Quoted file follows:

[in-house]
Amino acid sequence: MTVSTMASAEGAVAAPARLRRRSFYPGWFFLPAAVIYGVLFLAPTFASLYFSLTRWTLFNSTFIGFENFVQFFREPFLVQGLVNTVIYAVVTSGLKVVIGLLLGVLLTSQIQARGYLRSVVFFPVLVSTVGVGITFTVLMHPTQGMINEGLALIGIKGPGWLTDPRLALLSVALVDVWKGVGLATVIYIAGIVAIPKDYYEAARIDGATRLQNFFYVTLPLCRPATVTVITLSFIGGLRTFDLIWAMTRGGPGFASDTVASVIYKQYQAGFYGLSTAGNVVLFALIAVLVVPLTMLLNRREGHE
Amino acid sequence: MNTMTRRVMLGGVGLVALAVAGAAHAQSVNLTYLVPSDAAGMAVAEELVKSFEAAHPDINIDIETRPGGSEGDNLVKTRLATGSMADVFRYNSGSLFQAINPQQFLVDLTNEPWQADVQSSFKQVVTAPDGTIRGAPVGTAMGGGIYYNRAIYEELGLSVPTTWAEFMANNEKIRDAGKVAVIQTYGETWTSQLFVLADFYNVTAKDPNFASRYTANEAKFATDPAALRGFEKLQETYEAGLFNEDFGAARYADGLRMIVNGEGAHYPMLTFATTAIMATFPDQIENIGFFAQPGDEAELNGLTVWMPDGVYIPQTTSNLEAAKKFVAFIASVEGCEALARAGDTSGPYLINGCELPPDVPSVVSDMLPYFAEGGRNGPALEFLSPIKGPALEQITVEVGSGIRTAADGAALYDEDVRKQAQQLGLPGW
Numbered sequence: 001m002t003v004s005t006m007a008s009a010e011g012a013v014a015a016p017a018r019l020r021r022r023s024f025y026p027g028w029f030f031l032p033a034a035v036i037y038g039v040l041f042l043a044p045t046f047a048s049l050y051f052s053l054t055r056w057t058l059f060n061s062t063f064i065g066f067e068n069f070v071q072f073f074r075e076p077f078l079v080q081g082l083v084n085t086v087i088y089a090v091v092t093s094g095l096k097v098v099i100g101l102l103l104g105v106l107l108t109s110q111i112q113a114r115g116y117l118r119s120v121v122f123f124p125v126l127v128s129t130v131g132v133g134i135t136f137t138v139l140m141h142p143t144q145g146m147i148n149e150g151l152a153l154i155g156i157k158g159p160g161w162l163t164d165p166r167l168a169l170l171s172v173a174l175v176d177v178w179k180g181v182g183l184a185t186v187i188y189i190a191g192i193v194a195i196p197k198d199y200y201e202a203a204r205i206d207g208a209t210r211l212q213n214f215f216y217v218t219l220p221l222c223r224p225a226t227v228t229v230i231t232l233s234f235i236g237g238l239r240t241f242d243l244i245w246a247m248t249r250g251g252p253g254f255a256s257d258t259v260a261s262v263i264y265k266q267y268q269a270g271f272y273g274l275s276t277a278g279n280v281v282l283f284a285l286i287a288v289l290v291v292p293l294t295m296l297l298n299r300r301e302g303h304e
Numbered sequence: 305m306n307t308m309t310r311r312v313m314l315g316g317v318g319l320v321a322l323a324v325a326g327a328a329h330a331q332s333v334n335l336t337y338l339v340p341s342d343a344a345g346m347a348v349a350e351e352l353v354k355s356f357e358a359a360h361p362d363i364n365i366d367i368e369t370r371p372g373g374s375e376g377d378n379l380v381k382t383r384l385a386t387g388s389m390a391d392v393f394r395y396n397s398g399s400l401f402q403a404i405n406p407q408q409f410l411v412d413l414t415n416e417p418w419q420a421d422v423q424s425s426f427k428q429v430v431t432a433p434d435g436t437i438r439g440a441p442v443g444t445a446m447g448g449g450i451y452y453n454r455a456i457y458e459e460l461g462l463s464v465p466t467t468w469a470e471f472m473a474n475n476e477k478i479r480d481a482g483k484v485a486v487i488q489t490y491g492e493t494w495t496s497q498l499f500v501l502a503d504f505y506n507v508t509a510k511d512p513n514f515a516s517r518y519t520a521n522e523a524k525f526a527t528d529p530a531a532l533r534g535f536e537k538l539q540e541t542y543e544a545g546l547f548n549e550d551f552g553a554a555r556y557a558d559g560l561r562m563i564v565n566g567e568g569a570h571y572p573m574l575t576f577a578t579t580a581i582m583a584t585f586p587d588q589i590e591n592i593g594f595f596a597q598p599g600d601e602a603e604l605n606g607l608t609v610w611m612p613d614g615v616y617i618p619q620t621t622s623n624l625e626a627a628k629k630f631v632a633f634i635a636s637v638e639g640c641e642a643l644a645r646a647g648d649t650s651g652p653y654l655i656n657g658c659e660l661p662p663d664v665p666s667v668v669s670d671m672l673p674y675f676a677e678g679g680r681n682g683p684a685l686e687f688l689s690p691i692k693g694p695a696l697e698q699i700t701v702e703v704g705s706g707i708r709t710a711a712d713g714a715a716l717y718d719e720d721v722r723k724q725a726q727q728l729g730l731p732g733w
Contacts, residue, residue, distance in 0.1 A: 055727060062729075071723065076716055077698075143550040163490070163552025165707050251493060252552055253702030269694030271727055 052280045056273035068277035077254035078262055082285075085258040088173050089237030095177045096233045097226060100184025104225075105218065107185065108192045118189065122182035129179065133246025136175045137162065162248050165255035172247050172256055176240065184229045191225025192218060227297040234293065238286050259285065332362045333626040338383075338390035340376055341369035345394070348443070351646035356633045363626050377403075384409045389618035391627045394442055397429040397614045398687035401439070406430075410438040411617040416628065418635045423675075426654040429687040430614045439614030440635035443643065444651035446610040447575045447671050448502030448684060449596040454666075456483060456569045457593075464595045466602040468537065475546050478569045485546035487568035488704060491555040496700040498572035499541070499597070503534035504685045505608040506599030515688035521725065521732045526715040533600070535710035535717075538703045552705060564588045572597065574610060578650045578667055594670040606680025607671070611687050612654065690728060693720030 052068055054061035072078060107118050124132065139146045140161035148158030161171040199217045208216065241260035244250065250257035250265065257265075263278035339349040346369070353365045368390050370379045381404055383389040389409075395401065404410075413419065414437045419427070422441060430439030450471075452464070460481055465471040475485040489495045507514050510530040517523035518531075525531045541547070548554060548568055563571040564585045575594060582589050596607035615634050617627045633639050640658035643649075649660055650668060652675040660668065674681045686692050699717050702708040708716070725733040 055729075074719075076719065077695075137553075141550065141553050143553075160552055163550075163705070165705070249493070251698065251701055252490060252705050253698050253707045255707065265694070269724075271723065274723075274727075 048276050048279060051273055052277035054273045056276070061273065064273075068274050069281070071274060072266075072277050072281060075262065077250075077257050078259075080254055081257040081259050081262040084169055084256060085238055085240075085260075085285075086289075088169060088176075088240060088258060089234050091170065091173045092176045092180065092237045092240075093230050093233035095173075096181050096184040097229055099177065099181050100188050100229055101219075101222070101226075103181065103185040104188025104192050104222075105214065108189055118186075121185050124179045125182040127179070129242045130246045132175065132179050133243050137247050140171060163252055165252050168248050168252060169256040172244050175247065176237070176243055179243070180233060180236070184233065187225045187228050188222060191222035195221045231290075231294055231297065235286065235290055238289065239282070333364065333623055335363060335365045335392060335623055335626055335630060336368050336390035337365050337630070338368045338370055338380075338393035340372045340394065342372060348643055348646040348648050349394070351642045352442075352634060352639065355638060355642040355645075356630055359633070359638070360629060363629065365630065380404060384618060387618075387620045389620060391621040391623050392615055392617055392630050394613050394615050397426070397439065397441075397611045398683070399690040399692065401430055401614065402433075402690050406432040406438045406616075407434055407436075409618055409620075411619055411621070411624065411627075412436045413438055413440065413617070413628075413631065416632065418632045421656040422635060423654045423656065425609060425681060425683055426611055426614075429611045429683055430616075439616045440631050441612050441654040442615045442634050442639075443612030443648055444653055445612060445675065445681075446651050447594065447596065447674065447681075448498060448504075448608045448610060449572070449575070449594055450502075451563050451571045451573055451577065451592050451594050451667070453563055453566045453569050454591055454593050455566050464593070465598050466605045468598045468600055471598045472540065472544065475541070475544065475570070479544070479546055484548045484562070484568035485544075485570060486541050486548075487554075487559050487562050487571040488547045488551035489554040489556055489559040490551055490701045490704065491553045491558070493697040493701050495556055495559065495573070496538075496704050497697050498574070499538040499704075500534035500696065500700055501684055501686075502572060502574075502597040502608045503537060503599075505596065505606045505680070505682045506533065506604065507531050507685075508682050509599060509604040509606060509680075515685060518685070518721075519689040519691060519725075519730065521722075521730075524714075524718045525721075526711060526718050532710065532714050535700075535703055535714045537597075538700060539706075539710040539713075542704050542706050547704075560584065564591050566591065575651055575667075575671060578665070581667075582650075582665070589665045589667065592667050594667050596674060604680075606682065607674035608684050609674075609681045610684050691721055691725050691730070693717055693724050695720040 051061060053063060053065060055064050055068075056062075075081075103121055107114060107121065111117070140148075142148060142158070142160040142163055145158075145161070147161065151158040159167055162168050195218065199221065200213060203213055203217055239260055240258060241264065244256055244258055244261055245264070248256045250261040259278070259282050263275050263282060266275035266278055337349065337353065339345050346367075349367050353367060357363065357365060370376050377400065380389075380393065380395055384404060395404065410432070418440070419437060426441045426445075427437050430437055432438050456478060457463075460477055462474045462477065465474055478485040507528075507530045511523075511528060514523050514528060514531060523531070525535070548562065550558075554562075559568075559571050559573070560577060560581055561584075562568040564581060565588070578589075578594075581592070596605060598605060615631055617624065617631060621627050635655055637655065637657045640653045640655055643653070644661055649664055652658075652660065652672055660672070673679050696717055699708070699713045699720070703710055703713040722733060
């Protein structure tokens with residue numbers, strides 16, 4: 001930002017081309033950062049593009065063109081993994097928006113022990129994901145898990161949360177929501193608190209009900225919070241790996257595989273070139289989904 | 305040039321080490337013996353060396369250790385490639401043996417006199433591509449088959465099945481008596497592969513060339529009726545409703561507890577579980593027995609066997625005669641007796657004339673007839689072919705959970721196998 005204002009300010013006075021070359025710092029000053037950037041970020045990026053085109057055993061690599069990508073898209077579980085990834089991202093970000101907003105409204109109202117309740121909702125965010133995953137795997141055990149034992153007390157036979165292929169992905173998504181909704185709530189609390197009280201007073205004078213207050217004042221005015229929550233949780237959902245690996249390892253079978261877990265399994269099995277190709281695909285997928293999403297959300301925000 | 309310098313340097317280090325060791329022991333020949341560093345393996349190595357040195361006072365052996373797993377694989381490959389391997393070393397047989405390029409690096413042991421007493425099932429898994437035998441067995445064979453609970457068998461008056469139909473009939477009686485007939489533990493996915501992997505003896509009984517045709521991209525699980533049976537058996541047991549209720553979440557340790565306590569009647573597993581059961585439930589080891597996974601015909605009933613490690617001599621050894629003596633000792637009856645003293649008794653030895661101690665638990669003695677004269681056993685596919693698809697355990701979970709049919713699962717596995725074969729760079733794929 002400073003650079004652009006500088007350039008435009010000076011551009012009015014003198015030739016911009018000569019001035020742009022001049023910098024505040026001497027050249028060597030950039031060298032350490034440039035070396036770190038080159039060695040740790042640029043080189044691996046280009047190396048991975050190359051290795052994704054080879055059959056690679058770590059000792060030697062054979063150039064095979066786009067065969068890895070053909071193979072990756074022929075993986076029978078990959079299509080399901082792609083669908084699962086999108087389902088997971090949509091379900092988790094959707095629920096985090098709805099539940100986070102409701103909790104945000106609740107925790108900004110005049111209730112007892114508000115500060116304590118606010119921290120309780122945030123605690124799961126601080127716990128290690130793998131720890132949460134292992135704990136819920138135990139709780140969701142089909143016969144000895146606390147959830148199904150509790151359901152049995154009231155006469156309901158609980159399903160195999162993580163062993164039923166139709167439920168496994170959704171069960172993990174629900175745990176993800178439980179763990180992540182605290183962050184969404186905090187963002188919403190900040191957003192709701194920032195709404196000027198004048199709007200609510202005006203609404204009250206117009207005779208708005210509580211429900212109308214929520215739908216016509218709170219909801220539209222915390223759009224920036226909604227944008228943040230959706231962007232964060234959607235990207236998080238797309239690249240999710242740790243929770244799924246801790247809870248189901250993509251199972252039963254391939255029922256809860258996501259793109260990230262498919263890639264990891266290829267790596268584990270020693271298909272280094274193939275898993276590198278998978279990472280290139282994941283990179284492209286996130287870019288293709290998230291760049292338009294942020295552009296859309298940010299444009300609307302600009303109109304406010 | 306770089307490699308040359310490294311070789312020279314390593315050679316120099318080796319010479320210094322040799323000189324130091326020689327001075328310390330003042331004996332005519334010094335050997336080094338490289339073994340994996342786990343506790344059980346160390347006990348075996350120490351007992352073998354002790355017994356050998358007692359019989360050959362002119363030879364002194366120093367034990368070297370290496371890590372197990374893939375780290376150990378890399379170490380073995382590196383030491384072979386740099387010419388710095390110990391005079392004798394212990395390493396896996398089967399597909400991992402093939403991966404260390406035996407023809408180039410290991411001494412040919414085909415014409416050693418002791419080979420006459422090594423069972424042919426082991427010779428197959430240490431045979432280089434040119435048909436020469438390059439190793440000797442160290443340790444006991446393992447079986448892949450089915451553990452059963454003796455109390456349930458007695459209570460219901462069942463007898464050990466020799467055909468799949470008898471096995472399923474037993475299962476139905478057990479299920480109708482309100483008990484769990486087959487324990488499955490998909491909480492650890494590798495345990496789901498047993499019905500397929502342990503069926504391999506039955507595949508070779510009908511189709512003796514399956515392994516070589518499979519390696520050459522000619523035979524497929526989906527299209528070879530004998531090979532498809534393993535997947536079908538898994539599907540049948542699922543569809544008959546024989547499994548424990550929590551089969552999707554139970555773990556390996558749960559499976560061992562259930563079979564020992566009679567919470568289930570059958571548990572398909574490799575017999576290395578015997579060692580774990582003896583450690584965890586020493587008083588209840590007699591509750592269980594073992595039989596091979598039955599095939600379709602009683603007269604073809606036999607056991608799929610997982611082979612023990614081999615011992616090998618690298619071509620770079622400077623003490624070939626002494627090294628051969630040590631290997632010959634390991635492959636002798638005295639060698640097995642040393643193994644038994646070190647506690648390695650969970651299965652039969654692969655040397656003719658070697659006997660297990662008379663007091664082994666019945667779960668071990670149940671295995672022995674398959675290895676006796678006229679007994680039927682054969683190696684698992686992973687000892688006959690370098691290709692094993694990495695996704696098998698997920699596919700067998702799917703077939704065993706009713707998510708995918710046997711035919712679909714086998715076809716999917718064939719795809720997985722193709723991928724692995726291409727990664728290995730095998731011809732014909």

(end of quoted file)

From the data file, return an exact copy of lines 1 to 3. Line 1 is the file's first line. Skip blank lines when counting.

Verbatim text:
[in-house]
Amino acid sequence: MTVSTMASAEGAVAAPARLRRRSFYPGWFFLPAAVIYGVLFLAPTFASLYFSLTRWTLFNSTFIGFENFVQFFREPFLVQGLVNTVIYAVVTSGLKVVIGLLLGVLLTSQIQARGYLRSVVFFPVLVSTVGVGITFTVLMHPTQGMINEGLALIGIKGPGWLTDPRLALLSVALVDVWKGVGLATVIYIAGIVAIPKDYYEAARIDGATRLQNFFYVTLPLCRPATVTVITLSFIGGLRTFDLIWAMTRGGPGFASDTVASVIYKQYQAGFYGLSTAGNVVLFALIAVLVVPLTMLLNRREGHE
Amino acid sequence: MNTMTRRVMLGGVGLVALAVAGAAHAQSVNLTYLVPSDAAGMAVAEELVKSFEAAHPDINIDIETRPGGSEGDNLVKTRLATGSMADVFRYNSGSLFQAINPQQFLVDLTNEPWQADVQSSFKQVVTAPDGTIRGAPVGTAMGGGIYYNRAIYEELGLSVPTTWAEFMANNEKIRDAGKVAVIQTYGETWTSQLFVLADFYNVTAKDPNFASRYTANEAKFATDPAALRGFEKLQETYEAGLFNEDFGAARYADGLRMIVNGEGAHYPMLTFATTAIMATFPDQIENIGFFAQPGDEAELNGLTVWMPDGVYIPQTTSNLEAAKKFVAFIASVEGCEALARAGDTSGPYLINGCELPPDVPSVVSDMLPYFAEGGRNGPALEFLSPIKGPALEQITVEVGSGIRTAADGAALYDEDVRKQAQQLGLPGW